If the hip joint is healthy, both the head of the femur and the socket of the pelvic bone are surrounded by cartilage. If this cartilage becomes thinner, this can lead to osteoarthritis of the hip. It becomes softer, starts to tear and can eventually lose strength. Osteoarthritis is therefore also called “degenerative joint disease”, or simply “joint degeneration”.
Healthy, resilient joint cartilage provides the bones with smooth sliding surfaces making movements without friction possible. Cartilage cells cannot really "grow back" by themselves and therefore do not so easily renew themselves as other tissues. Once damage has occurred, it therefore usually remains permanent.
In many cases, there are several factors that play a role in the development of osteoarthritis of the hip. Various circumstances make the wear and tear more likely, including the following:
- family history
- congenital anomalies of the hip (hip dysplasia)
- rare congenital hip disorders
- inflammatory joint diseases such as rheumatoid arthritis
- previous hip injuries, e.g. bone fractures in the hip joint or a dislocated hip joint
- hip impingement: bone spurs on the joint are the reason for constrictions between the head of the femur and socket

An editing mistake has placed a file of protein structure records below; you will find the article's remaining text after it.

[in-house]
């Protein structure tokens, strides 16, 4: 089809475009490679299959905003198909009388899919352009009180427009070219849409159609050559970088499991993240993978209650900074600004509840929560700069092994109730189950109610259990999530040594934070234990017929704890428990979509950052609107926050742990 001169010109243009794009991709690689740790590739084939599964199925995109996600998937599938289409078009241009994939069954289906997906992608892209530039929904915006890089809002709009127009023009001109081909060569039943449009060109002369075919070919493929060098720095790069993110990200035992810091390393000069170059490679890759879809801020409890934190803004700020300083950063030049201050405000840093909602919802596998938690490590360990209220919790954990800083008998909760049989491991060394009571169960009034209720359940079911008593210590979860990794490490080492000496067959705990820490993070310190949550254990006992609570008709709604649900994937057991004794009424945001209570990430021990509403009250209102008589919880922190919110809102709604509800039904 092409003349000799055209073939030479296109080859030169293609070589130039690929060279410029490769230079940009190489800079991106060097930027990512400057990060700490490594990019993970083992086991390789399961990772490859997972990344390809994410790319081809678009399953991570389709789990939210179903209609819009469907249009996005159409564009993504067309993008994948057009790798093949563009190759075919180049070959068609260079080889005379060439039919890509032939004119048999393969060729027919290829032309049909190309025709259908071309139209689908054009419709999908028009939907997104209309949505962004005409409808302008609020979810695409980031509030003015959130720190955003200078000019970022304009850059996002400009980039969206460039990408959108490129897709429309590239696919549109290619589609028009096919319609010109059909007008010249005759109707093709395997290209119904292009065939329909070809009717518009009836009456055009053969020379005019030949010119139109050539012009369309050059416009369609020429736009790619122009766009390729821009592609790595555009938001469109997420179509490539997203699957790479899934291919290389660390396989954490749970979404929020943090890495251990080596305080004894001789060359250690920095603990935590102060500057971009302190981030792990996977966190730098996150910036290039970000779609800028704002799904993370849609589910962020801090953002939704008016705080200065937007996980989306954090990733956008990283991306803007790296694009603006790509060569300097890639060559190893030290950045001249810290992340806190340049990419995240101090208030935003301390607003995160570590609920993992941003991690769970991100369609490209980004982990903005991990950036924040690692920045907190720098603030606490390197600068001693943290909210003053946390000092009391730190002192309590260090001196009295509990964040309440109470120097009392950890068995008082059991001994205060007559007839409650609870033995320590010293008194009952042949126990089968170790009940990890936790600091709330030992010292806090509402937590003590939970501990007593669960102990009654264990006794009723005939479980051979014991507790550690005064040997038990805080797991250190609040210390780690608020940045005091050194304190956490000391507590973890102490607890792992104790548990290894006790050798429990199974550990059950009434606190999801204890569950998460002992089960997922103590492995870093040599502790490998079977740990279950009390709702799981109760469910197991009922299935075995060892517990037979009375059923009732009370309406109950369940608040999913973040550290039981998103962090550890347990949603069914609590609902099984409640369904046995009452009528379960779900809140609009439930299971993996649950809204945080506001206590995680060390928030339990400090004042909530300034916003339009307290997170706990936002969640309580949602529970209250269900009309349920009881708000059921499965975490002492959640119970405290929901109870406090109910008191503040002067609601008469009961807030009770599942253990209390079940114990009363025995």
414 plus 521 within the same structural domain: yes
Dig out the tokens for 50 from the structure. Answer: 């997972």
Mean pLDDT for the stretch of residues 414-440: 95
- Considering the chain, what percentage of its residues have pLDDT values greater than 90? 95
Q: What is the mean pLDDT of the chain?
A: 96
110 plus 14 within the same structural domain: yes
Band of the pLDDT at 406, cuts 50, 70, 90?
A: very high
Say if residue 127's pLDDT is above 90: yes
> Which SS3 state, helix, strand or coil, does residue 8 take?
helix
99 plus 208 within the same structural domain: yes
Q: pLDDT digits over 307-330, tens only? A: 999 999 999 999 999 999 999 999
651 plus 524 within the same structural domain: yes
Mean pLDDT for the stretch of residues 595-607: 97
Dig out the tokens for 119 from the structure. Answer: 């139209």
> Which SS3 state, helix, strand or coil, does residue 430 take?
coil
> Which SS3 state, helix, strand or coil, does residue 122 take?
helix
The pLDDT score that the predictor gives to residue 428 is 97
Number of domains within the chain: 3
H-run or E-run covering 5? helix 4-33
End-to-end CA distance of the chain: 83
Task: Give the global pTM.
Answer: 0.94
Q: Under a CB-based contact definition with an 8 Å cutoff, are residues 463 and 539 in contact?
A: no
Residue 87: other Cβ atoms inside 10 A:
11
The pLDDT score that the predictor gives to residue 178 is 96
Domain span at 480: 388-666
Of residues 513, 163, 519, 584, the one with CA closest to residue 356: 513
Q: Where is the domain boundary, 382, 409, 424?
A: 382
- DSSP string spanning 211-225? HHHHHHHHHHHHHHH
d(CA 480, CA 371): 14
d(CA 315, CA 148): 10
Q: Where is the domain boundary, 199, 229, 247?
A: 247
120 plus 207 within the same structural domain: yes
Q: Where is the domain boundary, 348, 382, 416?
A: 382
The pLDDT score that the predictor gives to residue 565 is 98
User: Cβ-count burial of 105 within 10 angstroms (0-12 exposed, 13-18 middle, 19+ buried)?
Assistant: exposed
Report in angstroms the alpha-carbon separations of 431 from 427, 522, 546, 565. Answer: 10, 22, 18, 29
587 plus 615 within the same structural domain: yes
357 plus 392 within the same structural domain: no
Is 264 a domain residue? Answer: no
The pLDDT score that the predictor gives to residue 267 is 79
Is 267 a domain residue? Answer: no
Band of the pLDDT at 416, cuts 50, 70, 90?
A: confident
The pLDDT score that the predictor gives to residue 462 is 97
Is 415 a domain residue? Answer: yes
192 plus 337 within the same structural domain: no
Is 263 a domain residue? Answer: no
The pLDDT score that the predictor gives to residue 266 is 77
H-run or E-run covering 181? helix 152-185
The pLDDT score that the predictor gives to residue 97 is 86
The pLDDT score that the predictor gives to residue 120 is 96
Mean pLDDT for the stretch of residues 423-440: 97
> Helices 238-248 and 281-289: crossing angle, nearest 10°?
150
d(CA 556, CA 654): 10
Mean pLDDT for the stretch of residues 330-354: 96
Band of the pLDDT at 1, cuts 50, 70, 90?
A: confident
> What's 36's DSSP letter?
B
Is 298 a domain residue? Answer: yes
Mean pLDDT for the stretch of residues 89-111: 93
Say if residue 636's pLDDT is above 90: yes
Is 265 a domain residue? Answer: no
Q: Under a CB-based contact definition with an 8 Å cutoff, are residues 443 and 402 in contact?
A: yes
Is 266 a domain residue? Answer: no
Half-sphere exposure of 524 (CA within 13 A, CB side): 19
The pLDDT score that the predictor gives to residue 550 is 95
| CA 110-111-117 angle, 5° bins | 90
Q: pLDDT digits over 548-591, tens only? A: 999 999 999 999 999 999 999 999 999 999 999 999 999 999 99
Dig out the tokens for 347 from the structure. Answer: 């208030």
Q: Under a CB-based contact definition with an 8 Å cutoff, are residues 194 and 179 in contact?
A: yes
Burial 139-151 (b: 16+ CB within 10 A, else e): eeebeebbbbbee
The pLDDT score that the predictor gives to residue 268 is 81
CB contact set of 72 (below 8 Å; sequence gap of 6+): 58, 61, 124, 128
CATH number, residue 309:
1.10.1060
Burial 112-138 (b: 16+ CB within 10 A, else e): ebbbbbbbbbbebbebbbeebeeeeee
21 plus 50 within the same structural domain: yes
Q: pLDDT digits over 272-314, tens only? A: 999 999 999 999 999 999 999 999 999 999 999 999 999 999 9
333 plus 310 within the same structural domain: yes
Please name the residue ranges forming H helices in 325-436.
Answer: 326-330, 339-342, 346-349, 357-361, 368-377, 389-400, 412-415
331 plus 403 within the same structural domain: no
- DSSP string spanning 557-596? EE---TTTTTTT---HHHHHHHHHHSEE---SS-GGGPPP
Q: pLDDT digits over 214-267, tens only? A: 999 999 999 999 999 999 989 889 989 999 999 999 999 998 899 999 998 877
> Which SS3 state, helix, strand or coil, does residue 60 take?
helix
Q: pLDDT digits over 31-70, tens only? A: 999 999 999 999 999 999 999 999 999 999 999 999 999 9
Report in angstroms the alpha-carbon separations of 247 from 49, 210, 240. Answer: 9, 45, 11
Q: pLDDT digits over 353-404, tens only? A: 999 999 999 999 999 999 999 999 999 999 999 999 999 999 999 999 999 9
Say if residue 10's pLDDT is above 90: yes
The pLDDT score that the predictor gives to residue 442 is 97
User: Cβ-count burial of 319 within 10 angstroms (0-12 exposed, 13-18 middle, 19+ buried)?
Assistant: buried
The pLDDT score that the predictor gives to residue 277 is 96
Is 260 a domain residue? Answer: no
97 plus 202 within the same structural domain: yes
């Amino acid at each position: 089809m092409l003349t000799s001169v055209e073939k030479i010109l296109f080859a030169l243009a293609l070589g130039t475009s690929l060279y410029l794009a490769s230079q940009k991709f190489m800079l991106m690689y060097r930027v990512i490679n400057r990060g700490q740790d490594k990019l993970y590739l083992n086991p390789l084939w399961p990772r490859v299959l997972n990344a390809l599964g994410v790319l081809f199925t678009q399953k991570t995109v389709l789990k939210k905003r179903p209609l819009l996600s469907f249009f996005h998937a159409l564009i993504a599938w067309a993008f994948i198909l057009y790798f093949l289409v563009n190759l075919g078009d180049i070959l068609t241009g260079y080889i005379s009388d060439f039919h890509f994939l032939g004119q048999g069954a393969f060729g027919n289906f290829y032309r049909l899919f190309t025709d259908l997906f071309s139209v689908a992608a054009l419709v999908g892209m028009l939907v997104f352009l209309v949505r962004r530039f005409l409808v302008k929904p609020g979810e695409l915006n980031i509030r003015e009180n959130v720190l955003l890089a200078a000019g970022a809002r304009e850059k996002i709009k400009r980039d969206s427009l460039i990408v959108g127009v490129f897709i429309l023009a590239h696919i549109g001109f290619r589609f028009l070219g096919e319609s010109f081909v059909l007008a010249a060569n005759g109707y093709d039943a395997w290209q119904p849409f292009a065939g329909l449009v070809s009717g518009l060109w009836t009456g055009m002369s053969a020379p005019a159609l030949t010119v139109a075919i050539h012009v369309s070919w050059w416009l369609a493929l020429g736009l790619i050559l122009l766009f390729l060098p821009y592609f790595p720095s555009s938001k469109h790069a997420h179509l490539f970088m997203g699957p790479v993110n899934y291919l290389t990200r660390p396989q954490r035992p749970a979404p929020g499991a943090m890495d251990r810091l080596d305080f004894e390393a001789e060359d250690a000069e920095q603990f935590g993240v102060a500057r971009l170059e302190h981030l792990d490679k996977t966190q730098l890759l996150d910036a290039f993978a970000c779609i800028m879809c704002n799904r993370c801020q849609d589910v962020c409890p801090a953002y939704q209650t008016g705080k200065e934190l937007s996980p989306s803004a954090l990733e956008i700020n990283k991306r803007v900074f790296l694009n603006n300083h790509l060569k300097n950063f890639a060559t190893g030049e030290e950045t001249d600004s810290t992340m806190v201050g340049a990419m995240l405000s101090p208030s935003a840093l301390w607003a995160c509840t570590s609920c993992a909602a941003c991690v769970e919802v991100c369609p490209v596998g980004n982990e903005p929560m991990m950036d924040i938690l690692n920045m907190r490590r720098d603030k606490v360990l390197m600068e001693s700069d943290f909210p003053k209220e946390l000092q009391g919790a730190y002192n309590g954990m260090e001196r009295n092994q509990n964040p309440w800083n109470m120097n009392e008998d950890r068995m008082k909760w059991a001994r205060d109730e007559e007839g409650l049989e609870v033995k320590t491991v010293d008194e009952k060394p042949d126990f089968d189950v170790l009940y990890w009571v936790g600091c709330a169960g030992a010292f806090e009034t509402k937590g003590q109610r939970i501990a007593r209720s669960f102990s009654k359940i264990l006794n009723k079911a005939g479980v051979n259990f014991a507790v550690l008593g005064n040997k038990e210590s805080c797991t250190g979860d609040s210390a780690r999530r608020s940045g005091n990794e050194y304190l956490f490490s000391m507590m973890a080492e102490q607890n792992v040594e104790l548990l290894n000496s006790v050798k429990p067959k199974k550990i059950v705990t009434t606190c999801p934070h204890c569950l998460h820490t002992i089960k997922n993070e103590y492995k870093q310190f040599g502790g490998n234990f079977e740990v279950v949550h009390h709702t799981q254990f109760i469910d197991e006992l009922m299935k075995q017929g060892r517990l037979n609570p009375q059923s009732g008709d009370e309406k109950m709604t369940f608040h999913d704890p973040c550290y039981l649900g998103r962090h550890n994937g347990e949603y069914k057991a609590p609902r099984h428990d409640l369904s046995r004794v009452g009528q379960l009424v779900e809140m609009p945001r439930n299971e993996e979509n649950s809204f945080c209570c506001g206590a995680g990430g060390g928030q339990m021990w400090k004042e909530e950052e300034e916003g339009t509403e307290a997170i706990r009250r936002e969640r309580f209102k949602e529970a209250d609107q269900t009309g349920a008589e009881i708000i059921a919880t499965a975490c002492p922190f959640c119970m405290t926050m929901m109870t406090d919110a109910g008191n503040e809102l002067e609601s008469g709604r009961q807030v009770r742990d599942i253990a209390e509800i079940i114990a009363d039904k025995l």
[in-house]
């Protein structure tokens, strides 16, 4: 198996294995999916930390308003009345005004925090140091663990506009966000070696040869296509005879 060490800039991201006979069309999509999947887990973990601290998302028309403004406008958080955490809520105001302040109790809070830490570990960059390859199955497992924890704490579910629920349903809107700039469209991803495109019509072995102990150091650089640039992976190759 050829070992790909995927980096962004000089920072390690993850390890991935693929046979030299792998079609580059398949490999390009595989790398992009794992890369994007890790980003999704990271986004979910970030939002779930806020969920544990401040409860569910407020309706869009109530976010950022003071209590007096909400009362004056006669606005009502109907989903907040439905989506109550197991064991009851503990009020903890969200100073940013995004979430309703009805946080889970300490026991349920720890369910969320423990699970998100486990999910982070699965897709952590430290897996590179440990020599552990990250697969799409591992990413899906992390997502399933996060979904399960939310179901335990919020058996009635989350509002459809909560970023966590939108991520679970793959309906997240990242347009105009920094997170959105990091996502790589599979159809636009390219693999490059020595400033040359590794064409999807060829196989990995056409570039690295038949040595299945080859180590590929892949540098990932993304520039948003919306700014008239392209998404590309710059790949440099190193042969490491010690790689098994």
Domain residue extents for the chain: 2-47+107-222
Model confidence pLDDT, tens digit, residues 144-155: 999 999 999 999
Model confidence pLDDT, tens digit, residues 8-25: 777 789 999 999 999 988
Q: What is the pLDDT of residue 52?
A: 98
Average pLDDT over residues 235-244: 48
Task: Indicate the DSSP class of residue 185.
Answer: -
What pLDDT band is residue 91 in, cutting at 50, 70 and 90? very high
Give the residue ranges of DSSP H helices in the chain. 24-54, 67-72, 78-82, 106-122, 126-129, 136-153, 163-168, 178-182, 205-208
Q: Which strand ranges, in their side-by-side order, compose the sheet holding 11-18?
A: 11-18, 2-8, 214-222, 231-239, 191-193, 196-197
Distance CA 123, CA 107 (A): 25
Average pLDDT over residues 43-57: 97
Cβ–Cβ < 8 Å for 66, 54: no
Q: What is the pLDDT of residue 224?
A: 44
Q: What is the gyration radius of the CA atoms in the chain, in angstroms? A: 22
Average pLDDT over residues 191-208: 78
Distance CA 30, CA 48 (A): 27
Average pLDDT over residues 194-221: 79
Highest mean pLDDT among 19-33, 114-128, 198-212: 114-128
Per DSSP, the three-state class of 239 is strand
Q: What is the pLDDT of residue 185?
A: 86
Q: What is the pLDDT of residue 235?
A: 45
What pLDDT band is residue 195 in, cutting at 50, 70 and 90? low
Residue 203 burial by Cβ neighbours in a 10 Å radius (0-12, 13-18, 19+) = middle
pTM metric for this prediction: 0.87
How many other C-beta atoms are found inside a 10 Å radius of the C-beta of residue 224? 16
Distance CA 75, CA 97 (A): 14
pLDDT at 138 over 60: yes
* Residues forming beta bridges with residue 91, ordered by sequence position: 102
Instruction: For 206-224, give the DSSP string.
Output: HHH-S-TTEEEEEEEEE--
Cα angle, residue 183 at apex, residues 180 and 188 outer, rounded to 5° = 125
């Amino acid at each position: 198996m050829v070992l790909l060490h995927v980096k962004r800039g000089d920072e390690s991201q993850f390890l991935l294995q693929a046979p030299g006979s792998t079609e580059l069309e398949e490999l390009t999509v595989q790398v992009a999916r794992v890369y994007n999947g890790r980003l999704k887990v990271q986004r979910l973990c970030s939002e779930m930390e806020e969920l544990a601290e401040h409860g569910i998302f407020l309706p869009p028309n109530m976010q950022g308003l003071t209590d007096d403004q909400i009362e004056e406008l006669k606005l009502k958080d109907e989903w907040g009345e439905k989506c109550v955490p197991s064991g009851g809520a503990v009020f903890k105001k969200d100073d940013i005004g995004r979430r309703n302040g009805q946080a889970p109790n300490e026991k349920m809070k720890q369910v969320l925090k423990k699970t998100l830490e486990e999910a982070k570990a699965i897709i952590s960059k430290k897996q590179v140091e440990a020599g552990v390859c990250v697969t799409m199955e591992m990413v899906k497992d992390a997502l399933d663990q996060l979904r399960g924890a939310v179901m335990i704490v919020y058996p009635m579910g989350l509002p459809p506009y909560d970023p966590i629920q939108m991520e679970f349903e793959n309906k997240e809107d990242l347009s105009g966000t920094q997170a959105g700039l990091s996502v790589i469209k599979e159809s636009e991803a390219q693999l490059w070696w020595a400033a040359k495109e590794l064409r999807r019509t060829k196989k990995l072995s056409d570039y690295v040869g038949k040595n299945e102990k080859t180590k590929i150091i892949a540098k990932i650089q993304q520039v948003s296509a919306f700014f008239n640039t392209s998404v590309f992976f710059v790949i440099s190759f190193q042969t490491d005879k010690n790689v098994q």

- heavy physical work, for example construction work
- types of sport that put intense pressure on the body such as football and handball
How common is osteoarthritis of the hip?
How does osteoarthritis of the hip develop?
The joints change more and more the older they are. The cartilage wears out and the joint cavity becomes narrower accordingly. This means that the bones are not as well protected against pressure. This results in new bone substance being formed. The new bone formations, known as bone bridges or osteophytes, are visible on the x-ray.
These processes of wear and tear and repair on bones can balance each other out for a long time. Joint changes therefore do not always lead to symptoms. It is estimated that 25 percent of those examined have little or no symptoms, even though the x-ray shows signs of osteoarthritis. In these cases, it is an age-related change and measures to treat it are not required.